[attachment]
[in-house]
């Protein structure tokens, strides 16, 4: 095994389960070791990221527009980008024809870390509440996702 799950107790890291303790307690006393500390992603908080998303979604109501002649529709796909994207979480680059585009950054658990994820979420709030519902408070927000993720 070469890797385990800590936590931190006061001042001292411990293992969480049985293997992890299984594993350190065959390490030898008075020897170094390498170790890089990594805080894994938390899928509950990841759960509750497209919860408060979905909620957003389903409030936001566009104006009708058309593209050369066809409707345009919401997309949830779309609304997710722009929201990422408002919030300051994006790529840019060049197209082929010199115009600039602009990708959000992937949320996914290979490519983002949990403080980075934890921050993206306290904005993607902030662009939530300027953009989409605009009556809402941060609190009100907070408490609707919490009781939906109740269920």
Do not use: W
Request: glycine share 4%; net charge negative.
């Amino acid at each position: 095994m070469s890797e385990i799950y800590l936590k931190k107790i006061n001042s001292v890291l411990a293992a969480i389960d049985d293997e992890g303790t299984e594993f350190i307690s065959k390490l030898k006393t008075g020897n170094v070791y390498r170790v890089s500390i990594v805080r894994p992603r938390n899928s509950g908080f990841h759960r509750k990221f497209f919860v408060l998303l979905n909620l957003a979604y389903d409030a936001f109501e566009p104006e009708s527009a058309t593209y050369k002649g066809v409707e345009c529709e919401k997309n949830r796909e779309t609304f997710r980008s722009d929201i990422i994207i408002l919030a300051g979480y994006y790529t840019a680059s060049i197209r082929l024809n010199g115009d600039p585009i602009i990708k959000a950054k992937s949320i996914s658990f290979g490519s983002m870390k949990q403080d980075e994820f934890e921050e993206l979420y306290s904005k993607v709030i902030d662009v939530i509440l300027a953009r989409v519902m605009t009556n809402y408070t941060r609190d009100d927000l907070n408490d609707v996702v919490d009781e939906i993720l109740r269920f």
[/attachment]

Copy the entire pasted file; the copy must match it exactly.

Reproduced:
[in-house]
């Protein structure tokens, strides 16, 4: 095994389960070791990221527009980008024809870390509440996702 799950107790890291303790307690006393500390992603908080998303979604109501002649529709796909994207979480680059585009950054658990994820979420709030519902408070927000993720 070469890797385990800590936590931190006061001042001292411990293992969480049985293997992890299984594993350190065959390490030898008075020897170094390498170790890089990594805080894994938390899928509950990841759960509750497209919860408060979905909620957003389903409030936001566009104006009708058309593209050369066809409707345009919401997309949830779309609304997710722009929201990422408002919030300051994006790529840019060049197209082929010199115009600039602009990708959000992937949320996914290979490519983002949990403080980075934890921050993206306290904005993607902030662009939530300027953009989409605009009556809402941060609190009100907070408490609707919490009781939906109740269920």
Do not use: W
Request: glycine share 4%; net charge negative.
């Amino acid at each position: 095994m070469s890797e385990i799950y800590l936590k931190k107790i006061n001042s001292v890291l411990a293992a969480i389960d049985d293997e992890g303790t299984e594993f350190i307690s065959k390490l030898k006393t008075g020897n170094v070791y390498r170790v890089s500390i990594v805080r894994p992603r938390n899928s509950g908080f990841h759960r509750k990221f497209f919860v408060l998303l979905n909620l957003a979604y389903d409030a936001f109501e566009p104006e009708s527009a058309t593209y050369k002649g066809v409707e345009c529709e919401k997309n949830r796909e779309t609304f997710r980008s722009d929201i990422i994207i408002l919030a300051g979480y994006y790529t840019a680059s060049i197209r082929l024809n010199g115009d600039p585009i602009i990708k959000a950054k992937s949320i996914s658990f290979g490519s983002m870390k949990q403080d980075e994820f934890e921050e993206l979420y306290s904005k993607v709030i902030d662009v939530i509440l300027a953009r989409v519902m605009t009556n809402y408070t941060r609190d009100d927000l907070n408490d609707v996702v919490d009781e939906i993720l109740r269920f």